At the age of 15, Esperanza Spalding picked up a bass. She’s never put it down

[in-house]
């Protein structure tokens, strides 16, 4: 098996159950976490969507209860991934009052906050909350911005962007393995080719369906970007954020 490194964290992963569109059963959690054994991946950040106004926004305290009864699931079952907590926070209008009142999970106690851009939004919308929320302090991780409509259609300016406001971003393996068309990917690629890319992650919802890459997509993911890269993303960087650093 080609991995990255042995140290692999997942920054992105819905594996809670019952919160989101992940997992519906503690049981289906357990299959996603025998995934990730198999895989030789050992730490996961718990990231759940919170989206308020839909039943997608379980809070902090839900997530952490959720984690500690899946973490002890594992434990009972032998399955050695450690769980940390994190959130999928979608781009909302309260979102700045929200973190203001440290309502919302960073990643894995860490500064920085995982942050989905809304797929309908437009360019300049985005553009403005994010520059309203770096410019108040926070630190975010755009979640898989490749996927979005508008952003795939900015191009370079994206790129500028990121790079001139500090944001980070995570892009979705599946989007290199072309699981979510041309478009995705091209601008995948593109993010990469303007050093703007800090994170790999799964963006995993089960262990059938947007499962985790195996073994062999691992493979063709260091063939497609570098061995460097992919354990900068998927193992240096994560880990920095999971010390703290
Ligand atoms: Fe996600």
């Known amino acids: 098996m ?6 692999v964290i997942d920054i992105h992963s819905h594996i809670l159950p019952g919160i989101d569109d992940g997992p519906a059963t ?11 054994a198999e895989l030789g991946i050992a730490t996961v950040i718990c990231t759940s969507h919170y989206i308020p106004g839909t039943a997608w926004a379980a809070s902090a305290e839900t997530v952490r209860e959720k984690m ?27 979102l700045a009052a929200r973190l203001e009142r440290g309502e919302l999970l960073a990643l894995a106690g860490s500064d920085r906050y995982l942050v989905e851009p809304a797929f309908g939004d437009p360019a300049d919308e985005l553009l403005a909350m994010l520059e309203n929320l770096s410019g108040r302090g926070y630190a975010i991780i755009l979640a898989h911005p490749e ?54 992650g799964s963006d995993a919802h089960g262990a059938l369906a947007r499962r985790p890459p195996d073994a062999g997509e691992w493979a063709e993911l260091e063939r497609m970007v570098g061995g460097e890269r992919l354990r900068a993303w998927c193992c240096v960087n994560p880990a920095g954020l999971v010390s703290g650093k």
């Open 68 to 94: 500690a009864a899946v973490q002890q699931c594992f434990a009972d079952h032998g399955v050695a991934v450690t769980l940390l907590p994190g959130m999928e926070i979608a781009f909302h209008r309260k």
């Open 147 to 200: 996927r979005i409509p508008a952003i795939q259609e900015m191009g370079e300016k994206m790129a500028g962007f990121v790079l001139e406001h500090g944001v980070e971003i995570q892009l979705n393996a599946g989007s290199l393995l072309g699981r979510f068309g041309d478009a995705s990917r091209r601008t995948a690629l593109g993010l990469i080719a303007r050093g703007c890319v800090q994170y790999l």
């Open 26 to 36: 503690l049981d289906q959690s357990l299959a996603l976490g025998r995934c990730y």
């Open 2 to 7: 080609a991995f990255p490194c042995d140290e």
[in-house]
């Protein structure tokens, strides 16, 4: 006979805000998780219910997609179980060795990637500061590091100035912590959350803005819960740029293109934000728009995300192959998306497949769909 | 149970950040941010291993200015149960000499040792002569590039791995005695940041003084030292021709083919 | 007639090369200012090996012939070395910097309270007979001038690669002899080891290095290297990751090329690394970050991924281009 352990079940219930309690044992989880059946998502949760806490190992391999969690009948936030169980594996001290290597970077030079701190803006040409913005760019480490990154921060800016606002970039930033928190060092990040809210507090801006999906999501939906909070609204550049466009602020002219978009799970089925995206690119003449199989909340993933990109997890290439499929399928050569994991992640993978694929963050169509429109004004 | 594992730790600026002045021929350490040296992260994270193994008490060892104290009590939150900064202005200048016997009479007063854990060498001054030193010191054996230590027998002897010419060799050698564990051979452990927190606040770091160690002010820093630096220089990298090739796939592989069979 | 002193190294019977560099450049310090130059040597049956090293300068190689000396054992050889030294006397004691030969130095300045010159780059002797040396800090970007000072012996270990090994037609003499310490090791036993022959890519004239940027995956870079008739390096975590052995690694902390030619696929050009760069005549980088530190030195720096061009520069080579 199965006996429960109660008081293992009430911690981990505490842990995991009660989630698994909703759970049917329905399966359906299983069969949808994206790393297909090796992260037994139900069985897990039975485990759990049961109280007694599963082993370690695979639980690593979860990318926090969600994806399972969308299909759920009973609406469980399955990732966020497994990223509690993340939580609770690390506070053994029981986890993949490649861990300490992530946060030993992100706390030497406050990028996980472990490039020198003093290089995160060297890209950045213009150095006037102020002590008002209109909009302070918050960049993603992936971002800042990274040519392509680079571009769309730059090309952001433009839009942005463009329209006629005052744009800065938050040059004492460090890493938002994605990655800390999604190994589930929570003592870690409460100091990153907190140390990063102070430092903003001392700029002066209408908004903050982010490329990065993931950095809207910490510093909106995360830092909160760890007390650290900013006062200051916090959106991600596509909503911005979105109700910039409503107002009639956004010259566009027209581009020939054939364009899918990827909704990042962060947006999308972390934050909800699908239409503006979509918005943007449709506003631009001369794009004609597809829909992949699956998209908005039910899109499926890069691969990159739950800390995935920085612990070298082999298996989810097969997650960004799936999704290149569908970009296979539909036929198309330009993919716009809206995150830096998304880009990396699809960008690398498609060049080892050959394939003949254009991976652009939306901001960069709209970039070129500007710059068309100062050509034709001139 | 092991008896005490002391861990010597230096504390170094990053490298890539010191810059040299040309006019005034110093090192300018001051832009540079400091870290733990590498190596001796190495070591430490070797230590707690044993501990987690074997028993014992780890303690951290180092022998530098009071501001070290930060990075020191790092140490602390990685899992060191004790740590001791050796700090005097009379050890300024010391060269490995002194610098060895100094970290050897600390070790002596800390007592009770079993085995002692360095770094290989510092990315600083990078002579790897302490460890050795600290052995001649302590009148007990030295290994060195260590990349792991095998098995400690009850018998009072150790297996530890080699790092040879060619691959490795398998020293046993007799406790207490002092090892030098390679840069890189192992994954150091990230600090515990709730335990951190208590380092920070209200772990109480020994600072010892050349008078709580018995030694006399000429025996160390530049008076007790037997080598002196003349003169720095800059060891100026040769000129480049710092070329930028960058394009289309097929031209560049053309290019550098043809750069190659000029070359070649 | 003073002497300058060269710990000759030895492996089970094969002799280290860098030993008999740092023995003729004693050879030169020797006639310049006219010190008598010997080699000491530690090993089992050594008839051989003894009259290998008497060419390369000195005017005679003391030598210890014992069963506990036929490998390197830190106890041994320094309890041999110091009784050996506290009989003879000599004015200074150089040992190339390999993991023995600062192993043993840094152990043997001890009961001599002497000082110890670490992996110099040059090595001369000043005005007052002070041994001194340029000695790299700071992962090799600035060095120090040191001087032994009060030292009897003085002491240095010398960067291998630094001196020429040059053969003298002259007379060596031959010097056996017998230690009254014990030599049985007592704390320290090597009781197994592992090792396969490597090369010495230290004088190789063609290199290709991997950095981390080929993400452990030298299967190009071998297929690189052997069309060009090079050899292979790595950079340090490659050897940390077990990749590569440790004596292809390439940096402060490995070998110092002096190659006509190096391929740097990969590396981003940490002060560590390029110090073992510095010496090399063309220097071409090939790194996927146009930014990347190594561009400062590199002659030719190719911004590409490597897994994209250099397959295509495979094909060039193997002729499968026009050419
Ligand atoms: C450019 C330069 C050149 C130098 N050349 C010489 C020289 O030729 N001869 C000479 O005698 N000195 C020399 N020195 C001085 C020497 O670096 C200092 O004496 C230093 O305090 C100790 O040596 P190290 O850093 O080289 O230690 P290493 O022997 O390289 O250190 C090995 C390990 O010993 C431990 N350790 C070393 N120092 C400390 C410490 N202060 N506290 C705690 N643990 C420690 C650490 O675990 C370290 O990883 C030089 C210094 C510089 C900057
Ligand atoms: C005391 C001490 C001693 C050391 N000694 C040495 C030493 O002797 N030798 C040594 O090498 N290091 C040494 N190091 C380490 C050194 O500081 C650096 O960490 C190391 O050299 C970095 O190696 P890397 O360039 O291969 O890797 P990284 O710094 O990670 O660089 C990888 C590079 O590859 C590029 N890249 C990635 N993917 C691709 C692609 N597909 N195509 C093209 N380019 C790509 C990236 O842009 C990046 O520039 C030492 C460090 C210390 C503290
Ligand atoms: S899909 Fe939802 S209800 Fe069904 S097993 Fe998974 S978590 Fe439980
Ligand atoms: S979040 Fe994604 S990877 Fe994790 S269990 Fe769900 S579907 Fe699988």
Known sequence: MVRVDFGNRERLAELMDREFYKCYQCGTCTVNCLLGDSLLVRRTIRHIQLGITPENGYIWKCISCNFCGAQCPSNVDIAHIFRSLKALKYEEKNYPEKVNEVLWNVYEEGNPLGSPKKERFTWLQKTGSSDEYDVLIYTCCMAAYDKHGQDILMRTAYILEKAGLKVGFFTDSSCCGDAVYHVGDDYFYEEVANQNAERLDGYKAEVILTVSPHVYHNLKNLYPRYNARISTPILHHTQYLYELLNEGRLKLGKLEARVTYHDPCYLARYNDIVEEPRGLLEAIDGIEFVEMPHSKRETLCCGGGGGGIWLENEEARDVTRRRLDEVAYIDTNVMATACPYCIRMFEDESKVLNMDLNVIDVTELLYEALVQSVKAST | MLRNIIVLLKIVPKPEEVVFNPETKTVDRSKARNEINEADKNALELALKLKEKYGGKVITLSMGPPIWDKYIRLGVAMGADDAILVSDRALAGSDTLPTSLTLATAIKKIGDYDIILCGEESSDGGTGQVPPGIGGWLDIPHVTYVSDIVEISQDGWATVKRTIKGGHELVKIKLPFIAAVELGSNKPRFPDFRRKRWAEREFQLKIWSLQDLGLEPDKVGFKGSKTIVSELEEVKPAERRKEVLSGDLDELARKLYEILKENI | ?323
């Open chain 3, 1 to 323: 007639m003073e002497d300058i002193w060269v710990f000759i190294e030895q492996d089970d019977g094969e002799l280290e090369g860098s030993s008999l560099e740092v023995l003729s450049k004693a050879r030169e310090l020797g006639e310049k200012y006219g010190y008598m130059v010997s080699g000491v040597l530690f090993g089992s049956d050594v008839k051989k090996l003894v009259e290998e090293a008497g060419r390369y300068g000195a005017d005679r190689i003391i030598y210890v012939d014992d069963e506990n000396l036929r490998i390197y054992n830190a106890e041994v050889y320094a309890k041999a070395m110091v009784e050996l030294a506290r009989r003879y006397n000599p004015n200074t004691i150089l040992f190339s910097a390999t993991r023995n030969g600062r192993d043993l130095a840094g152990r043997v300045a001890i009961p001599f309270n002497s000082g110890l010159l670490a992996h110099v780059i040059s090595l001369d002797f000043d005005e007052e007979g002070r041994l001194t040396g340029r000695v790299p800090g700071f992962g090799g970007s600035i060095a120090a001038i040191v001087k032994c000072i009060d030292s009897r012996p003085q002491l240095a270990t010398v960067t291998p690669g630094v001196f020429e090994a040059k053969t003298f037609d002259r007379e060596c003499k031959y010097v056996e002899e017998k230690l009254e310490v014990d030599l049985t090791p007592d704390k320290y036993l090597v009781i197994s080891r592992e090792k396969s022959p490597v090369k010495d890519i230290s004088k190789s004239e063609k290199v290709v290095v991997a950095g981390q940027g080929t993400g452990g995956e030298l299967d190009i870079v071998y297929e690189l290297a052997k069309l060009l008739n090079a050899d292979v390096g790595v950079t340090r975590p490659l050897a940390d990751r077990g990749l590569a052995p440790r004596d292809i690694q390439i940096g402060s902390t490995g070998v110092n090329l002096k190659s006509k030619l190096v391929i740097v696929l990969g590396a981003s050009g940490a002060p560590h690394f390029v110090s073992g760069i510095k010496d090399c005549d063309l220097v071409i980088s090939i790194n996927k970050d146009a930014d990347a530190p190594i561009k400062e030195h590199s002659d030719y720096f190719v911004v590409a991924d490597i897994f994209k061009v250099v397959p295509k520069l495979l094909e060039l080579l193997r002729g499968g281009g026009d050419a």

first_imgEmily, of course, is also Spalding’s middle name.“Ebony and Ivy” was inspired by Craig Steven Wilder’s Ebony and Ivy: Race, Slavery, and the Troubled History of America’s Universities.A 2006 report commissioned by Brown University revealed that institution’s complex and contested involvement in slavery–setting off a controversy that leapt from the ivory tower to make headlines across the country. But Brown’s troubling past was far from unique. In Ebony and Ivy, Craig Steven Wilder, a rising star in the profession of history, lays bare uncomfortable truths about race, slavery, and the American academy.Many of America’s revered colleges and universities–from Harvard, Yale, and Princeton to Rutgers, Williams College, and UNC–were soaked in the sweat, the tears, and sometimes the blood of people of color. Slavery funded colleges, built campuses, and paid the wages of professors. Enslaved Americans waited on faculty and students; academic leaders aggressively courted the support of slave owners and slave traders. Significantly, as Wilder shows, our leading universities, dependent on human bondage, became breeding grounds for the racist ideas that sustained them.Spalding is acutely aware of what she owes to jazz history, and to artists like Wayne Shorter, a pioneer of jazz fusion. Here’s her vocal tribute to Shorter at the Kennedy Center Honors in 2018, performing “Endangered Species.”In an earlier tribute to Shorter, Spalding picked up the bass guitar for this 2009 performance of that same composition on Austin City Limits. Which do you prefer?Spalding’s versatility can be seen in cross-genre collaborations—like this one with Grammy Award-winning pianist Robert Glasper.Spalding also engages in social activism offstage. She’s been an ambassador for the Innocence Project since 2018.A lot of Spalding’s music takes on a keen social consciousness.  She dedicated Land of the Free to Innocence Project client Cornelius Dupree, who was exonerated after spending more than 30 years in prison for a crime he did not commit. (She performed at our 25th Anniversary celebration where she had a chance to meet Cornelius and his wife, Selma.) Spalding also made a video in 2013 titled We Are America about the prison in Guantanamo Bay and performed at the Peace Ball at the National Museum of African American History and Culture in Washington.It was great to see the birthday wishes for her roll in last month. May she be gifted with many more.I realize, dear readers, that there are many bassists whom I haven’t yet covered in this series. Join me in the comments for some of them, and feel free to post your favorites. And if you have some free time (or extra funds)—help us get Rev. Raphael Warnock and Jon Ossoff elected in Georgia! Never heard of Esperanza Spalding? Here’s a great introduction.The American Academy of Achievement has an extensive biography of Spalding, including several video interviews.Esperanza Spalding was born in Portland, Oregon. Her parents separated when she was very young, and her mother raised Esperanza and her brother on her own in King, a Portland neighborhood that suffered from poverty and violence in the years when Esperanza was growing up. Despite the family’s limited resources, Esperanza’s mother encouraged free thinking and creative expression for her children and exposed them to a variety of cultural influences.Esperanza fell in love with music at age four, after seeing the classical cellist Yo-Yo Ma perform on Mister Rogers’ Neighborhood. Too small to hold the cello, she took up the violin. After a few violin lessons she was able to practice and study on her own. Her progress on her first instrument was extraordinary. The Portland community provided a number of opportunities for young people to participate in music ensembles and young Esperanza took advantage of them all. At age five she was playing with the Chamber Music Society of Oregon.Over the next ten years, she learned guitar with her mother, taught herself piano, and experimented with the clarinet and oboe. By 15, she was concertmaster (lead violinist) with the Chamber Music Society and ready to pursue her original dream of playing the cello. By chance, she picked up an upright bass instead and fell in love with the giant of the string family. Even larger than the cello, the bass is usually the chosen instrument of tall men with long arms and big hands. At five-foot-six, Esperanza Spalding compensated for her smaller stature with an outsize talent and unrelenting commitment to music. She also took up the electric bass, and began writing songs, singing and leading a band in Portland rock clubs.- Advertisement – Spalding’s affinity with the bass has been on display to jazz fans from the time she released her debut album in 2006, Junjo, as Michael G. Nastos at All Music wrote at the time.The debut recording by acoustic upright bassist and vocalist Esperanza Spalding, a native of Portland, OR, residing in Boston, MA, is an exercise in joy and freedom. Well rendered for such a very young musician, it’s quite notable, considering the certainty of her concept and clarity of her vision. While steeped in contemporary jazz, there are Latin flavors, unabashed free moments, and some implied and direct swing. Further, it is an expression of her well-being, optimism, and future hope for her life in this music. Also in her peer group, pianist Aruan Ortiz and drummer Francisco Mela add a hundredfold to this music and establish themselves as leaders-to-be, and are quite capable partners for Spalding‘s wonderful sounds. The first piece, a take of the Jimmy Rowles evergreen “The Peacocks,” lets you know something special is going on. Spalding‘s bass leads out with the probing piano of Ortiz as wordless vocals and a modal jam all precede the melody, followed by a free section. The imagination quotient of this interpretation is off the charts.Listen to “The Peacocks” yourself, and you’ll find yourself agreeing with Nastos: There is something special going on.Yet despite becoming a professor at 20, and releasing her first album at 21, Spalding is quick to dismiss those who describe her as a prodigy, for one very clear reason.- Advertisement – xwell, this being over here is deep in study and conjure mode in the quietude self-quarantining.  for those who might be interested, here’s some talkings about spells, music-gift-commodity relations and more…love to all— esperanza spalding (@EspeSpalding) March 22, 2020Spalding is not just an instrumentalist; she is a gifted singer-songwriter as well. Nor is she locked into what people expect to hear from a “jazz artist.” She moves fluidly and freely between musical genres. NPR’s Lara Pellegrinelli wrote an effusive review of Spalding in back in 2018, going so far as to call her a “genius.”A favorite of the Obamas, Spalding performed “Overjoyed” at the White House in tribute to Stevie Wonder in 2009, sparking a relationship between the two artists. Prince invited her to jam, and she played on his BET Lifetime Achievement Award tribute and opened for him on tour in 2011. (When I saw the show, I couldn’t help checking out Questlove seated at the end of my aisle, his head bobbing to Spalding’s “I Know You Know.”) Radio Music Society featured a guest appearance by Lalah Hathaway; Q-Tip produced a pair of its tracks. Spalding appeared as a guest on Janelle Monáe’s 2013 album The Electric Lady and Bruno Mars’ 2012 Unorthodox Jukebox.These artists clearly acknowledge Spalding as a talented peer. The benefits of their creative exchanges may seem obvious to those outside of jazz, but they run contrary to jazz’s often elitist musical culture. They come at a time when the form has its sights set in the rearview mirror, when most young artists are “trying to sound like they peaked in 1942 or 1957,” says Carrington.Spalding, instead, has more in common with two of jazz’s greatest living composers: pianist Herbie Hancock and saxophonist Wayne Shorter, co-founder of the superband Weather Report. (Incidentally, Spalding is writing the libretto for Shorter’s opera Iphigenia, premiering in 2020.) Alumni of Miles Davis’ second great quintet, the two men pioneered fusion starting in the 1970s, walking paths that brought them to audiences for commercial music.Yes, Spalding is a fave of the Obamas. In 2009, she performed at President Barack Obama’s Nobel Peace Prize award ceremony.Here she is backstage at the White House in 2016. One of the things I miss the most about not having the Obamas in the White House? The amazing array of artists that they supported, Spalding among them.Here’s Spalding at the 2009 White House Poetry Jam.For Black History Month 2012, Spalding released this remarkable video for “Black Gold.”NPR offers some context.The Afro-centric implication of the title is no coincidence. The song was released yesterday, Feb. 1 — the first day of Black History Month. The video was premiered yesterday on a network called Black Entertainment Television. And to these ears, the music itself connects jazz aesthetics to sounds of black popular music today.In case that message wasn’t clear, Spalding wrote some commentary on the track for members of the press:This song is singing to our African American heritage before slavery. Over the decades, so much of the strength in the African American community has seeded from resistance and endurance. I wanted to address the part of our heritage spanning back to pre-colonial Africa and the elements of Black pride that draw from our connection to our ancestors in their own land. I particularly wanted to create something that spoke to young boys. In the interview below, Spalding talks about growing up in a rough neighborhood, and how important it was to have community programs in Portland that supported the arts. She shares memories of hearing Yo-Yo Ma for the first time, on public television, and on Mr. Rogers’ Neighborhood. Full video transcript here.In a 2008 interview with Nu-Soul Magazine, Spalding explained her unique choice of instrument.“Well, I didn’t really choose the bass, nor did I expect it to take me anywhere as I started studying it.  I played many other instruments, well dabbled at them, but the bass had its own arc and it unfolded a path for me that I just kept following. I don’t know why or how, but my evolution on bass actually occurred quite naturally and unexpectedly. What would I do with any other instrument? That is kind of how I feel. The bass and I just resonate.”- Advertisement – The Brooklyn concert was a preview before a world tour that started this month showcasing her new album, which marks her evolution as a singer-songwriter. It is less overtly jazz-related than her four previous solo releases. She doesn’t play any acoustic bass or take solos.“Emily is a name for a process … when you sense that there’s something pent up that you haven’t been developing,” said Spalding, 31, said at a cafe near her Brooklyn home. “It sometimes takes an eruption to open that up and that’s a lot of what Emily does.” The lyrics are powerful:Think of all the strength you have in youFrom the blood you carry within youAncient manPowerful manBuilders of civilizationHold your head as high as you canHigh enough to see who you are, little manLife sometimes is cold and cruelBaby no one else will tell you so remember thatYou are Black Gold, Black GoldYou are Black GoldIn an interview with Yin & Yang, Spalding speaks briefly about her process when writing the song, and about Black identity writ large.She further reinforces her identity as a Black woman—a group for whom hair has historically been a key issue in the context of white society—in “How To (hair),” from her 2018 Grammy Award-winning album, 12 Little Spells. The final lyrics are potent.I raise my palm in praise of the symphonic nappynessHaloing your headI raise my palm in praise of the God-given nappynessHaloing your headI raise my palm in praise of the beautiful nappynessHaloing your headAs with “Black Gold,” the video is a powerful one!In 2016 Spalding went in a different direction, with the release of Emily’s D+Evolution, reviewed for the Philadelphia Tribune by jazz writer Charles J. Gans (who is also a Daily Kos contributor). Supported by her power rock trio of electric guitarist Matthew Stevens, drummer Jason Tyson and three yellow-clad backup singers-dancers, Spalding turned her Brooklyn show into performance art using such props as a stack of books on “Ebony and Ivy,” which alludes to the historic links between elite American universities and the slave trade. – Advertisement –last_img